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  • Racial/Ethnic Disparities in Arrests for Drug Possession After California Proposition 47, 2011-2016 Mooney et al., August, 2018“Reducing criminal penalties for drug possession can reduce racial/ethnic disparities in criminal justice exposure and has implications for improving health inequalities linked to social determinants of health.”
  • The Impact of Proposition 47 on Crime and Recidivism Public Policy Institute of California, June, 2018(This report finds no evidence that violent crime increased as a result of Proposition 47.)
  • The Impact of Early Representation: An Analysis of the San Francisco Public Defender's Pre-Trial Release Unit California Policy Lab, June, 2018(In October 2017, the San Francisco Public Defender's Office piloted the Pre-Trial Release Unit (PRU) which doubled the likelihood of release at arraignment - from 14% to 28% - for arrestees who received arrest-responsive interventions from the PRU.)
  • Don't Stop Now: California leads the nation in using public higher education to address mass incarceration. Will we continue? Corrections to College California, March, 2018“This publication highlights California's successful efforts to build public higher education access for thousands of incarcerated and formerly incarcerated students, both in custody and on college campuses throughout the state.”
  • The dismal state of transgender incarceration policies Prison Policy Initiative, November, 2017“Even in supposed progressive bastions such as California and Vermont, a trans person is not assured of the full range of basic rights that the federal commission deemed necessary for their safety while incarcerated.”
  • Officer Health and Wellness: Results from the California Correctional Officer Survey Amy E. Lerman, November, 2017(This report summarizes the results from a correctional officer study examining mental and physical wellness; exposure to violence; attitudes towards rehabilitation and punishment; job training and management; work-life balance; and training and support.)
  • Pretrial Detention Reform: Recommendations to the Chief Justice Judicial Branch of California Pretrial Detention Reform Workgroup, October, 2017(California's pretrial detention system unnecessarily compromises victim & public safety because it bases a person's liberty on financial resources, not their likelihood of future criminal behavior, exacerbating socioeconomic disparities & racial bias.)
  • California Probation in the Era of Reform Public Policy Institute of California, August, 2017(California's public safety realignment shifted the management of lower-level offenders from state prison and parole to county jail and probation. This report discusses how these changes affected local corrections systems.)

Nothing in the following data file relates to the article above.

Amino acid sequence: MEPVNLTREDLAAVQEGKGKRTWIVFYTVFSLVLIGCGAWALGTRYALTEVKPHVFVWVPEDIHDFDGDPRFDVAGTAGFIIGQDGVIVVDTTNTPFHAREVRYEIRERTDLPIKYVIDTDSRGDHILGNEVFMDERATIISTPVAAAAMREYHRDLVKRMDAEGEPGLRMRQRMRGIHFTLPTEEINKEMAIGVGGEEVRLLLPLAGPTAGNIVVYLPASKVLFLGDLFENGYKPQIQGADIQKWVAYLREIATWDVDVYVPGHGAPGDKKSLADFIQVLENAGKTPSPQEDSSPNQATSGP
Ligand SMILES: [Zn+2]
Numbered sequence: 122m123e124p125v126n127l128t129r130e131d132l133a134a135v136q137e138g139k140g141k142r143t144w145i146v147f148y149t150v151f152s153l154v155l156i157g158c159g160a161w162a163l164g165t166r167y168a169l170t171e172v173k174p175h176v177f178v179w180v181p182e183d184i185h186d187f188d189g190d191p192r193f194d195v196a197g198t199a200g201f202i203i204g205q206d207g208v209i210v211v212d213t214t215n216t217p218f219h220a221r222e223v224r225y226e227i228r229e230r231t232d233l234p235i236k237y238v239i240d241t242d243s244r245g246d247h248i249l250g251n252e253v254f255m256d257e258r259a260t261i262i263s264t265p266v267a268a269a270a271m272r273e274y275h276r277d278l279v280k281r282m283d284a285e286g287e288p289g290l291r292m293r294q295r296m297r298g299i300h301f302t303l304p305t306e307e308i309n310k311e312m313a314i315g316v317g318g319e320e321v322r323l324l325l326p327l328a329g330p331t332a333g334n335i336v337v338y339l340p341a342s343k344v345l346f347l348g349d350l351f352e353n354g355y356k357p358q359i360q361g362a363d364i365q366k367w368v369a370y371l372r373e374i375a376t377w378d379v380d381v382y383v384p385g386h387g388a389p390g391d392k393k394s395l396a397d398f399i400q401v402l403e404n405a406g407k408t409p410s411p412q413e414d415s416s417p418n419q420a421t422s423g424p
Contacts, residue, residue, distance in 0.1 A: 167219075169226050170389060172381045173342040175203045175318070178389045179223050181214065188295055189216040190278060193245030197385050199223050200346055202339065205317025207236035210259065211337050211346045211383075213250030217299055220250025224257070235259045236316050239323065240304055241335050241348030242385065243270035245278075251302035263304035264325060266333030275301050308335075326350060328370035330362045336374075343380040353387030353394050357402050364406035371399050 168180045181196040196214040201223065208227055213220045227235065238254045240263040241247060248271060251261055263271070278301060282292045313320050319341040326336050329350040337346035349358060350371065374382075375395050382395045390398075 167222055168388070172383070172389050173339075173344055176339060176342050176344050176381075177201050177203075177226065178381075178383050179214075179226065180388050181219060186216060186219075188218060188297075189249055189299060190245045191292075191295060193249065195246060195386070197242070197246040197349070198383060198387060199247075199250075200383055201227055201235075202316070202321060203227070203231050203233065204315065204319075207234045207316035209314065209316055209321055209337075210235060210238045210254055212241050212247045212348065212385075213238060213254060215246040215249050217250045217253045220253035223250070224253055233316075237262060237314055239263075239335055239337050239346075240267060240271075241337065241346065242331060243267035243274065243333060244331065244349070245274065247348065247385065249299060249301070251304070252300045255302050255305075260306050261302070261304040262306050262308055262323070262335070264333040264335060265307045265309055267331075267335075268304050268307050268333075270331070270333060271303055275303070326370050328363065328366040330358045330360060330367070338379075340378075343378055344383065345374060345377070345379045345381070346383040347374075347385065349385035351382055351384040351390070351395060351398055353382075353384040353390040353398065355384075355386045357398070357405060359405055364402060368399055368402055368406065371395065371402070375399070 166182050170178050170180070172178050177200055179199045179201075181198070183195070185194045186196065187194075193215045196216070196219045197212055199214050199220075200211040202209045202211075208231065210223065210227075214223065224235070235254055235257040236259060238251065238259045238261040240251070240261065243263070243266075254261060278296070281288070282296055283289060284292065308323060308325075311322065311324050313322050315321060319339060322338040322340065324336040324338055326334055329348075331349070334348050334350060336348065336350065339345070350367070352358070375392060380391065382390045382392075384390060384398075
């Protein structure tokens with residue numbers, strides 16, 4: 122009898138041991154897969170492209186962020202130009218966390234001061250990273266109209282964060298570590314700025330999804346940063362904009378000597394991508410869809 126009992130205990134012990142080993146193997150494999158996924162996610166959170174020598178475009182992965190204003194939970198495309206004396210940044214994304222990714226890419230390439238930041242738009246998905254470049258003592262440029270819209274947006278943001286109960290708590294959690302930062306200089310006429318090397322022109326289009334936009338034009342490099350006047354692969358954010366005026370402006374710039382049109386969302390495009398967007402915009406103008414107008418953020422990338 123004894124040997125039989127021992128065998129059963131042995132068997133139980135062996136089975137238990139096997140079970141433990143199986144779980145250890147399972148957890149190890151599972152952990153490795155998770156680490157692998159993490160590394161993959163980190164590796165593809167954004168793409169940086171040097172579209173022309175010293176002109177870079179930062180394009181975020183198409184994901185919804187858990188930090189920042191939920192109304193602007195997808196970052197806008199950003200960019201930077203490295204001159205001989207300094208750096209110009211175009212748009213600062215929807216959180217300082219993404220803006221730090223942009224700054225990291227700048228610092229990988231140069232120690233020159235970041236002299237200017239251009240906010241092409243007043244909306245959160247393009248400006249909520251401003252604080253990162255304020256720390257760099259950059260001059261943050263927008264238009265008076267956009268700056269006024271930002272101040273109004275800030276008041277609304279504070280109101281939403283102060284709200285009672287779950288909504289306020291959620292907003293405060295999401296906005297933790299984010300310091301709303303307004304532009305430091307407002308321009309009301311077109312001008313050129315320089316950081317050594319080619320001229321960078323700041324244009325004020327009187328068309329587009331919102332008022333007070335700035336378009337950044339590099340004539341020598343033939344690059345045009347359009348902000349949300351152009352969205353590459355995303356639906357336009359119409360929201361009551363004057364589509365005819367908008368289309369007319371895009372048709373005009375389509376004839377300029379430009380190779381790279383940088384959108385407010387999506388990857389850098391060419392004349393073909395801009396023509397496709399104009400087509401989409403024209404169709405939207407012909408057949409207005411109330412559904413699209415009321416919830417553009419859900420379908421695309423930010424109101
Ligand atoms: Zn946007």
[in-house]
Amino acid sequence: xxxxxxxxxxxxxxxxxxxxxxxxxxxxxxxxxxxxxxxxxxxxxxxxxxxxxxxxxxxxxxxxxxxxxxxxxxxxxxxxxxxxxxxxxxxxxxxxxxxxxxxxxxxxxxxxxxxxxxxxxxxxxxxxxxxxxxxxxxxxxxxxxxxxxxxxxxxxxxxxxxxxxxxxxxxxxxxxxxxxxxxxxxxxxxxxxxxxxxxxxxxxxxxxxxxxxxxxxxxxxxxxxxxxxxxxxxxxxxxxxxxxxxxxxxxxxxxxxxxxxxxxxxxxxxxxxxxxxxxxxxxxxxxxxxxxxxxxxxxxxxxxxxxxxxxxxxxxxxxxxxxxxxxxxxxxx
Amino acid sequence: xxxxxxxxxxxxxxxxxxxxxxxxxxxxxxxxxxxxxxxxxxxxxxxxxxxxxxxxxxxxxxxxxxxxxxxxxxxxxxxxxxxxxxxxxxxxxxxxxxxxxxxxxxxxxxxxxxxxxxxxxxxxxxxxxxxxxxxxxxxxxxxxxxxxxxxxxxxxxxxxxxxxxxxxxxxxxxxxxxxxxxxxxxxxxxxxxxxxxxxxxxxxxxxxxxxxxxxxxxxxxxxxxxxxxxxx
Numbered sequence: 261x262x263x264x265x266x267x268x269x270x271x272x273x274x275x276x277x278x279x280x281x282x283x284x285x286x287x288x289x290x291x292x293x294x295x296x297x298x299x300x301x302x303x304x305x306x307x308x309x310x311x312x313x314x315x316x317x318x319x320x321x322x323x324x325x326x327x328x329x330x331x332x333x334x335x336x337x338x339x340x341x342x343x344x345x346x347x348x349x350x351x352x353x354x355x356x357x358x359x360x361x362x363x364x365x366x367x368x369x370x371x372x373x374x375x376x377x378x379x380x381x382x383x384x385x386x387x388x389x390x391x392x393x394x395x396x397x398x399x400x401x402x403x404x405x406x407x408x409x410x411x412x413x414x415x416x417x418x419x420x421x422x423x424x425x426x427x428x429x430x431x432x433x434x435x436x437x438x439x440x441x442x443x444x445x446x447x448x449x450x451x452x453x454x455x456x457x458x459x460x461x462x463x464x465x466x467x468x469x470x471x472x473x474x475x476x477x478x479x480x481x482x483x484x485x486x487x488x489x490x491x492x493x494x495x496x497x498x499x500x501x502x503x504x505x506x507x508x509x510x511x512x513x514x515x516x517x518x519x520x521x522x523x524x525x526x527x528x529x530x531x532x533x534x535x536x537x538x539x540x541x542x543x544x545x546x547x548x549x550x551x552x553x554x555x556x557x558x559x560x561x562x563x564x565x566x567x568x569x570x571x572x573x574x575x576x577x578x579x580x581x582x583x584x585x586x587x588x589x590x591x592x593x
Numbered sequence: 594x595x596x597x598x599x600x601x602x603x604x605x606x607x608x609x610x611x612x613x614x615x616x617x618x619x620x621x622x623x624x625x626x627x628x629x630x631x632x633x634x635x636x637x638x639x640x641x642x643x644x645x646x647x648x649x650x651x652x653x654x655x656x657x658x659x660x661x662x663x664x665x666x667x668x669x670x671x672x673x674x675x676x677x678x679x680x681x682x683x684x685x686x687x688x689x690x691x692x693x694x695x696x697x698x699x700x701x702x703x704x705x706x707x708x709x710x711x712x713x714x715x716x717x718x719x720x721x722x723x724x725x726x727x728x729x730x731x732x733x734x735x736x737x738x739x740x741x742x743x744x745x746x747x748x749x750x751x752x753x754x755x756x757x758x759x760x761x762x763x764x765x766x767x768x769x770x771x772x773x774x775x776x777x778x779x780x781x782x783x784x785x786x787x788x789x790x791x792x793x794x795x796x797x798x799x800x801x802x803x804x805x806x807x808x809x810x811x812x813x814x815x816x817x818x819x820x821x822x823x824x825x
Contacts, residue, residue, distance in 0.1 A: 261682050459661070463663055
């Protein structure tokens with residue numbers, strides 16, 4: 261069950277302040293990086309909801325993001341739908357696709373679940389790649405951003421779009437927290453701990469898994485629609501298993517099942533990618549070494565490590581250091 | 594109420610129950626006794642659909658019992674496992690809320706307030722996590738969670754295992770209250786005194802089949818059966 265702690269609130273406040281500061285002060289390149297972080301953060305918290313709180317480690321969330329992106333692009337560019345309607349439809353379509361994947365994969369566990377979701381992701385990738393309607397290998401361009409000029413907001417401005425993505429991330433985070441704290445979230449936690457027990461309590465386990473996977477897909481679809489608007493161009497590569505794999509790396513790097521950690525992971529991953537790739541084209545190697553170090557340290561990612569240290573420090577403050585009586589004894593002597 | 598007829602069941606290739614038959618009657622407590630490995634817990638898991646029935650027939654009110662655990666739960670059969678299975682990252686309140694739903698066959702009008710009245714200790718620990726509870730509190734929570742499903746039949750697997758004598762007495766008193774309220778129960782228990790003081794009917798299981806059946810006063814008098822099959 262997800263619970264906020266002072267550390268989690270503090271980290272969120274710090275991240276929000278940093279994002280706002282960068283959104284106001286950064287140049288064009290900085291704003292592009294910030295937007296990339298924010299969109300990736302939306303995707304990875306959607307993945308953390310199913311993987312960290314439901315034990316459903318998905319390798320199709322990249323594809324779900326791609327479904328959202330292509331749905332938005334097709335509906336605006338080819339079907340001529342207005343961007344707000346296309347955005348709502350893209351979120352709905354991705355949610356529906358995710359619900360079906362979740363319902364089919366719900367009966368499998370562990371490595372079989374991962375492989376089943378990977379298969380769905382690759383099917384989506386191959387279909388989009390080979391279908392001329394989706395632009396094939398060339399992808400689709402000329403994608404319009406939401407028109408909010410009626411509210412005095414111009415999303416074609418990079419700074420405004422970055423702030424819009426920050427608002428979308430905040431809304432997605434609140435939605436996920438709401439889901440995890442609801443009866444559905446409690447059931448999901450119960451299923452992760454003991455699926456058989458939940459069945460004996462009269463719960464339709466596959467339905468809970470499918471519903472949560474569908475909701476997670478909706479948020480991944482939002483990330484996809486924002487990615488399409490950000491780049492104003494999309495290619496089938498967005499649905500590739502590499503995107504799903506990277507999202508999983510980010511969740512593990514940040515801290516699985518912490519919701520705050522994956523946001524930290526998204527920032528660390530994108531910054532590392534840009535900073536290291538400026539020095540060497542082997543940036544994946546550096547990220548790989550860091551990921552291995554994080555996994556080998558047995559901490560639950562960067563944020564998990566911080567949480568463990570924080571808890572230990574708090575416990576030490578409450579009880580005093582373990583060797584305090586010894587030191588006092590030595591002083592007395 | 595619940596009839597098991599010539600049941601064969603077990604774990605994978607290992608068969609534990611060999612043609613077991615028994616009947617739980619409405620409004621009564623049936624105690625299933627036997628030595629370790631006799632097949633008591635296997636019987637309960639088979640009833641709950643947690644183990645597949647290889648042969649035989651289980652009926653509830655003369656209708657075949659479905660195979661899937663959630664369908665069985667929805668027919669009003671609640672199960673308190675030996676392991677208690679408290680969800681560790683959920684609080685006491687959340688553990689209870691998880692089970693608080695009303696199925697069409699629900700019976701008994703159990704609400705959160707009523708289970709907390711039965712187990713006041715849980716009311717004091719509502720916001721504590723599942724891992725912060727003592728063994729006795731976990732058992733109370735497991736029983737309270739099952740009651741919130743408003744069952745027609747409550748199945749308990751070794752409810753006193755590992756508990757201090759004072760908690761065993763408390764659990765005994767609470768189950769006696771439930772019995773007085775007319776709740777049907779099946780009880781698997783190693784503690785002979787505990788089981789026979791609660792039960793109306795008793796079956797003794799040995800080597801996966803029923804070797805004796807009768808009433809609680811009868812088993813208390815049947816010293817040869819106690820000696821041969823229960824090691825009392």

• Electronic Monitoring of Youth in the California Juvenile Justice System UC Berkeley School of Law, July, 2017“The report demonstrates electronic monitoring programs can impose dozens of strict and inflexible rules on participants. Financial burdens imposed by electronic monitoring programs disproportionately hurt low-income families.”
  • Orange County Jails American Civil Liberties Union of Southern California, June, 2017“Failing to remedy poor conditions of confinement and hold deputies accountable for misconduct, the Orange County Sheriff’s Department has implicitly endangered the constitutional rights of incarcerated individuals.”
  • Paying More for Being Poor: Bias and Disparity in California's Traffic Court System Lawyers' Committee for Civil Rights of the San Francisco Bay Area, May, 2017“The available county-level data shows that African-American people in particular are four to sixteen times more likely to be booked on arrests related to failure to pay an infraction ticket.”
  • Bail Reform in California UCLA Luskin School of Public Affairs, May, 2017(This report examines California's system of commercial surety bail, recommending that it be replaced with risk assessment tools and non-bail release to improve predictive accuracy, race neutrality, and other outcomes such as fiscal impact.)
  • Confronting California's Continuing Prison Crisis: The Prevalence And Severity Of Mental Illness Among California Prisoners On The Rise Stanford Justice Advocacy Project, May, 2017“While the overall state prison population has decreased dramatically, the percentage of state prisoners with mental illness has increased by 77 percent.”